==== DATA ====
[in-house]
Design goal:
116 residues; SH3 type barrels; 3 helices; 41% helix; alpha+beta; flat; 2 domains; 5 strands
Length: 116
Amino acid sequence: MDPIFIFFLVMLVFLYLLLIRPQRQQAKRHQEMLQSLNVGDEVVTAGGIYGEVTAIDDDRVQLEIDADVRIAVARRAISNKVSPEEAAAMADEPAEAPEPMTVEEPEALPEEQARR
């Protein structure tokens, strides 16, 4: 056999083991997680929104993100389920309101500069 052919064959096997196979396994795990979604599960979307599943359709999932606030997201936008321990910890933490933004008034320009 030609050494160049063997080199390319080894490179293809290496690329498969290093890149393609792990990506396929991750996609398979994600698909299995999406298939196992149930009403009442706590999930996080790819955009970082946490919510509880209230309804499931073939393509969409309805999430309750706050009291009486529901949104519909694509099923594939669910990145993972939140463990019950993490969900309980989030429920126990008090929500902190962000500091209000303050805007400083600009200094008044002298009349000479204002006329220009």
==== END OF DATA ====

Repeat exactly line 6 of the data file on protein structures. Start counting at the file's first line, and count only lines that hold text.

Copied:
């Protein structure tokens, strides 16, 4: 056999083991997680929104993100389920309101500069 052919064959096997196979396994795990979604599960979307599943359709999932606030997201936008321990910890933490933004008034320009 030609050494160049063997080199390319080894490179293809290496690329498969290093890149393609792990990506396929991750996609398979994600698909299995999406298939196992149930009403009442706590999930996080790819955009970082946490919510509880209230309804499931073939393509969409309805999430309750706050009291009486529901949104519909694509099923594939669910990145993972939140463990019950993490969900309980989030429920126990008090929500902190962000500091209000303050805007400083600009200094008044002298009349000479204002006329220009």